House and Universe (and my broken window :( :( )
I am aware that we didn’t get much chance – other than somewhat elliptically (although fitting given the text itself) – to talk about Bachelard’s Poetics of Space; so, I thought, given my recent travails, I would write a brief blog post on my house and Bachelard’s house(s). And here we have, already, the brackets: for he is looking for more than one house (there are many in the poetry he cites), but also looking for his house: the this of dwelling, what makes my house mine in and of itself (for I surely cannot call a house, which I rent, my own: nor would it be easy to call a house, which will presumably outlast me, my own even if I owned it (this, before we get to a ‘mortgage’ – note the etymology from mort (death, stillness in French)). So it is no surprise – although it seems to be – that Bachelard takes up photography so early in the chapter, because it is about a thoroughly modern (quasi-Romantic) sense of place and temporality. His house buffeted by the winds of the hurricane is in the countryside: away from humanity, secluded within the thrawls of the countryside’s majesty, it is supposed as a place where the skin is less tattooed by the throws of modern urbanity, and more marked (as in through a religious symbol) by the essential attributes of nature. Yet, in these houses, Baudelaire still experiments with hashish and opium (Thomas de Quincy here), and Rilke still – bizarrely! – walks out into the rain! What is going on here? Bachelard suggests that Rilke wants the positive force of nature to eek out into the poetic evocations he draws from it: like an individual Daguerreotype plate, he wants to draw out the speculative individuality of a moment of supreme humanity (the equation of devastation and the sublime were hallmarks of Romantic literature also). Whereas, Baudelaire wants the hurricane to come in his house by pressure from the outside: he wants to imagine it as a negative, an outside, which floods in through a mediated sensorium. Hence the negative; a reverse image of bodily commitment to the ravages by going out, into, beyond, for once; rather than, with Baudelaire, over and over, virtual mediated by the very creeks of the house… Here we have a common duality in the speculative imagination, and will be worth recalling here Bachelard’s own comment – just after his exposition on Rilke – where representations are concerned (and he is, at this point, a wonderful old atomic Surrealist): “in all research concerning the realm of the imagination… we must leave the realm of facts behind” (43). Given that photographs give us leave to dream, push-and-pull us in the realm of (queer) desires (to be with something or one in a ‘departed’ – and thus exhumed – time and space), we might start to wish to consider how photographs alter our sense of historical narratives; always open to the fantastic, we still find it hard to conceive of the discipline leaving its sacred totem (facts) behind, even if only for a moment.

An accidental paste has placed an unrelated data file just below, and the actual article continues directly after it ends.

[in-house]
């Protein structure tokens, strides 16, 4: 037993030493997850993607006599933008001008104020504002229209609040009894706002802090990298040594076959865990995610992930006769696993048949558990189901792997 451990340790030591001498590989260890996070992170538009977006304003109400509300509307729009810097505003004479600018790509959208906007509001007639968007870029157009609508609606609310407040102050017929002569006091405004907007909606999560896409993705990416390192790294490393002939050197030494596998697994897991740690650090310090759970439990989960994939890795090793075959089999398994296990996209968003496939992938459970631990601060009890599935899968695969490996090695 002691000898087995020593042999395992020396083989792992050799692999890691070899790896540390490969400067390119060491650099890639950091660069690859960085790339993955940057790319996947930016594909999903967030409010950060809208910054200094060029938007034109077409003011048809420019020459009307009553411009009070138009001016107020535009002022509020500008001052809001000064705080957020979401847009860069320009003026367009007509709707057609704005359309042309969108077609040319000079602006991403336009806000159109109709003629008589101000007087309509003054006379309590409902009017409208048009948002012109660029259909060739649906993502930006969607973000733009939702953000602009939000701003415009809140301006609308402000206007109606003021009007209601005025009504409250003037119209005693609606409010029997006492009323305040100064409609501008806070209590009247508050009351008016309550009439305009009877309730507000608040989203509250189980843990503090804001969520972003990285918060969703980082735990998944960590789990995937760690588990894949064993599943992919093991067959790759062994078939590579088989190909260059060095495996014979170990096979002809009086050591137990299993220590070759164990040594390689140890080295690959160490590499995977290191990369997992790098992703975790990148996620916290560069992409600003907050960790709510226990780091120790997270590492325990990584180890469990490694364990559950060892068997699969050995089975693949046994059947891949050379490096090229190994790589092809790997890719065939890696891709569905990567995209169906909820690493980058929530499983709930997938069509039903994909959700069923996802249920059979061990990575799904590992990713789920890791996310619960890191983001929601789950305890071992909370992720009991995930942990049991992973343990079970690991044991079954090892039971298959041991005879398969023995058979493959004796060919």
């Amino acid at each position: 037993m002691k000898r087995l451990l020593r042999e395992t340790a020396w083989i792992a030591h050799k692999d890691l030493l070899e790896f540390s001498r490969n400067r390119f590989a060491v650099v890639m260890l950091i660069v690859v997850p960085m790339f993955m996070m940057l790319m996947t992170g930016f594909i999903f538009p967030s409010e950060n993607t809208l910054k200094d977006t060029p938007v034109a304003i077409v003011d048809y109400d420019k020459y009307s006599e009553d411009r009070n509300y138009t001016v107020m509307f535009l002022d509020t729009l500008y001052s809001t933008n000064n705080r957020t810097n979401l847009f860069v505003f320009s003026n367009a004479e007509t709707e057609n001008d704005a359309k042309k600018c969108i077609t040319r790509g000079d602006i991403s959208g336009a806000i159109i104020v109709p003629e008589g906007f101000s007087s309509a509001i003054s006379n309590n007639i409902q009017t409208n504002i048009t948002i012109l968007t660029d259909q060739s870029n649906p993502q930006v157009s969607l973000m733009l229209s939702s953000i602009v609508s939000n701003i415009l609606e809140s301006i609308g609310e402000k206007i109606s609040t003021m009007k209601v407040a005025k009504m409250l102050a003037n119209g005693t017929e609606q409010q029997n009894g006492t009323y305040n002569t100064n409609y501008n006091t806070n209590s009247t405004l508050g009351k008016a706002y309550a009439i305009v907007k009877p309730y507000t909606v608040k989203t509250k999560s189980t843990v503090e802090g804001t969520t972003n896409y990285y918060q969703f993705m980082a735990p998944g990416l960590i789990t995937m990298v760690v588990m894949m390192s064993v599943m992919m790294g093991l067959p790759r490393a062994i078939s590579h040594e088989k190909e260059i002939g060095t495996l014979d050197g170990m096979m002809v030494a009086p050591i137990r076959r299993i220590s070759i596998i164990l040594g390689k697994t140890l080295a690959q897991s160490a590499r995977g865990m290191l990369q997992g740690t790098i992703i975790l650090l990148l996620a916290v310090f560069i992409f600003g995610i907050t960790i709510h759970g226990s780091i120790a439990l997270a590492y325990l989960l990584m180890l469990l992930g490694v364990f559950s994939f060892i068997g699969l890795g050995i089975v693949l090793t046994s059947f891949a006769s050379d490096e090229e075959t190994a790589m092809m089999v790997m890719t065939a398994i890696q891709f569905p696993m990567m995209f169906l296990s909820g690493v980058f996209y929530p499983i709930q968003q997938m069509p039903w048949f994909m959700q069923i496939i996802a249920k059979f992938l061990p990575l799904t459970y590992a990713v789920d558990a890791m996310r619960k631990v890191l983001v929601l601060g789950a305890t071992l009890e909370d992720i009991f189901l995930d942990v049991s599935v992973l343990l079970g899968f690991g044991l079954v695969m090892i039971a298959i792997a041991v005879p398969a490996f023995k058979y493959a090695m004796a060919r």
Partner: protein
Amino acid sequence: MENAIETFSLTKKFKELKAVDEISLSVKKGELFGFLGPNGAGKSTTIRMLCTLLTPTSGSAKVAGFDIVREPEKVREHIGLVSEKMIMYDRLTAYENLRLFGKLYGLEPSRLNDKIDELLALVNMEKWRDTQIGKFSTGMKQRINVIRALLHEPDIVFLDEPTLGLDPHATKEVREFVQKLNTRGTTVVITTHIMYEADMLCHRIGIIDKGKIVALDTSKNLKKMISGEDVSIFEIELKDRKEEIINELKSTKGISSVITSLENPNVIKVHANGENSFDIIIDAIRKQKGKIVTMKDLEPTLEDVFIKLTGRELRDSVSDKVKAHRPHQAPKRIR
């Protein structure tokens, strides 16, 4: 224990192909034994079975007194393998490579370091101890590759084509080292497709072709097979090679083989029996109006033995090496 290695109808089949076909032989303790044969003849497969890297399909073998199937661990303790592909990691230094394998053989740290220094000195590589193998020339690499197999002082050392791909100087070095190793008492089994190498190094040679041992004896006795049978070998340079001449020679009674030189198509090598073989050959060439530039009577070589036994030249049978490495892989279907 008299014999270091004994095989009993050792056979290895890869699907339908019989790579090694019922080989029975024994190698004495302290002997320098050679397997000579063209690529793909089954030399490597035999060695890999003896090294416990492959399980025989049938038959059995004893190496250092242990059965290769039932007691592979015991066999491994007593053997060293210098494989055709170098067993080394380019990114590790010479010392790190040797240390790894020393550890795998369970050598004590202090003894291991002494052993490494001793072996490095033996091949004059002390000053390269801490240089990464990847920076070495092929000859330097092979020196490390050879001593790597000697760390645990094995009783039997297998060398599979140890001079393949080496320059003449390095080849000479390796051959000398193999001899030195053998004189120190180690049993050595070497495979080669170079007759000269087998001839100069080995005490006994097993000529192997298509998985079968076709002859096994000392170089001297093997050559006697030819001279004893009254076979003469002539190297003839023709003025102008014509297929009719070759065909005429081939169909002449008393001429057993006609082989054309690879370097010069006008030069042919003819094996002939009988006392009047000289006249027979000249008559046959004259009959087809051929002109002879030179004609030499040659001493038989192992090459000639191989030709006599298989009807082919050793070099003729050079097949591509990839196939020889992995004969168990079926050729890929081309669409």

Well, this is all and well in Bachelard’s world of imagination, human essences, and orderly objective contingencies. But what happens when a rock flies through the window – not from a cosmic storm, or profound meteorological event in the timeless rural world – but from the hand of a person in an impoverished Lancaster council estate? Well, I do like his comment that the house becomes a kind of skin: “And what an image of concentrated being we are given with this house that ‘clings’’ to its inhabitant and becomes a the cell of a body with its walls close together. The refuge shrinks in size.” (46) If we see our house within only the contours of its architectural geometry (and Benjamin suggests this) or within a representational straightjacket which converts it only into one side of an equation which has ‘public’ on its other side (with either ‘private’ or ‘domestic’ as its counter point), we miss the ravages of the self to which adjustment to the home (and you all know this as – mainly speaking – transients in a fugitive university life destined, at some point, to end) entails, we miss the shape-shifty ontology (bodily affect) of objects on our sentience. It is toward this atmosphere that this hailed bullet from the hand of an outsider pierced and, in leaving that rock, disturbed the arrangement of objects in the house. It is this piercing of bodily skin that is the violation that we usually – too simply (for a whole host of other analytic reasons) – put under the label of mere vandalism. As it happens, I shall now move house: but I wonder how much of it will still stand – and stretch – into my new place? Photographs and photography played an important part in converting from a vision of the house as part of communal patternation, into one of private accumulation of property.
(Quick aside: amidst all this theoretical posturing, we must also remember the injunction with Derek’s opening piece for the course, “Wittgenstein at Ground Zero”, for there has been much shouted obscenity amidst this ‘comprehension’!! Or, FFS! as we now say post-Facebook…)